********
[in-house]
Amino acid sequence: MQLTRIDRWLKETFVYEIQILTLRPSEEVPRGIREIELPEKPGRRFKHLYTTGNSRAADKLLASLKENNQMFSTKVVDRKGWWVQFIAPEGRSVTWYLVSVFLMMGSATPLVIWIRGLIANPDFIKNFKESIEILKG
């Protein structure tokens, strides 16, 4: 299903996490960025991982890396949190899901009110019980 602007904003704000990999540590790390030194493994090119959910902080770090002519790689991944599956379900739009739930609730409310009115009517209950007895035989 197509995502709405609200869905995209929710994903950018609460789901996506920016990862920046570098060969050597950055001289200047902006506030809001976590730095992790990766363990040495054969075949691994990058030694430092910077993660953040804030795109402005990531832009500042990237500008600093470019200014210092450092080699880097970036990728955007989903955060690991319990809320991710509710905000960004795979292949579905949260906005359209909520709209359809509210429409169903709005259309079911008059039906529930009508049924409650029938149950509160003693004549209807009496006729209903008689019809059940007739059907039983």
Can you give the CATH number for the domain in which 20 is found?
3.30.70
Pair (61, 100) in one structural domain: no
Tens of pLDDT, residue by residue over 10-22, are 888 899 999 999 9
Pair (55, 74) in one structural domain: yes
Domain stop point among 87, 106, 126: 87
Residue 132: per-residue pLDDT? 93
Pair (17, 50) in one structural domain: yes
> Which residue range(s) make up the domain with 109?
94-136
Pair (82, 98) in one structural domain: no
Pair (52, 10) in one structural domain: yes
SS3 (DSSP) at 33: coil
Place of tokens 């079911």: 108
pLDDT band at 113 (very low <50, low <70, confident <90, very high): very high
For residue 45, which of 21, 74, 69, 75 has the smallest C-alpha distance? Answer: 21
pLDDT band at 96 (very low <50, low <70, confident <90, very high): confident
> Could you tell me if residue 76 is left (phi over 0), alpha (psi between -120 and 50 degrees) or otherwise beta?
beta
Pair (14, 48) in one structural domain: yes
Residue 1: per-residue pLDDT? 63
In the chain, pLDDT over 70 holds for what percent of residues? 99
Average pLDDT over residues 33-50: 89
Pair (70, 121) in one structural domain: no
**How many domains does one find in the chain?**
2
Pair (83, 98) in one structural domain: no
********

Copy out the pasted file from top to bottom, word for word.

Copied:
[in-house]
Amino acid sequence: MQLTRIDRWLKETFVYEIQILTLRPSEEVPRGIREIELPEKPGRRFKHLYTTGNSRAADKLLASLKENNQMFSTKVVDRKGWWVQFIAPEGRSVTWYLVSVFLMMGSATPLVIWIRGLIANPDFIKNFKESIEILKG
């Protein structure tokens, strides 16, 4: 299903996490960025991982890396949190899901009110019980 602007904003704000990999540590790390030194493994090119959910902080770090002519790689991944599956379900739009739930609730409310009115009517209950007895035989 197509995502709405609200869905995209929710994903950018609460789901996506920016990862920046570098060969050597950055001289200047902006506030809001976590730095992790990766363990040495054969075949691994990058030694430092910077993660953040804030795109402005990531832009500042990237500008600093470019200014210092450092080699880097970036990728955007989903955060690991319990809320991710509710905000960004795979292949579905949260906005359209909520709209359809509210429409169903709005259309079911008059039906529930009508049924409650029938149950509160003693004549209807009496006729209903008689019809059940007739059907039983």
Can you give the CATH number for the domain in which 20 is found?
3.30.70
Pair (61, 100) in one structural domain: no
Tens of pLDDT, residue by residue over 10-22, are 888 899 999 999 9
Pair (55, 74) in one structural domain: yes
Domain stop point among 87, 106, 126: 87
Residue 132: per-residue pLDDT? 93
Pair (17, 50) in one structural domain: yes
> Which residue range(s) make up the domain with 109?
94-136
Pair (82, 98) in one structural domain: no
Pair (52, 10) in one structural domain: yes
SS3 (DSSP) at 33: coil
Place of tokens 């079911």: 108
pLDDT band at 113 (very low <50, low <70, confident <90, very high): very high
For residue 45, which of 21, 74, 69, 75 has the smallest C-alpha distance? Answer: 21
pLDDT band at 96 (very low <50, low <70, confident <90, very high): confident
> Could you tell me if residue 76 is left (phi over 0), alpha (psi between -120 and 50 degrees) or otherwise beta?
beta
Pair (14, 48) in one structural domain: yes
Residue 1: per-residue pLDDT? 63
In the chain, pLDDT over 70 holds for what percent of residues? 99
Average pLDDT over residues 33-50: 89
Pair (70, 121) in one structural domain: no
**How many domains does one find in the chain?**
2
Pair (83, 98) in one structural domain: no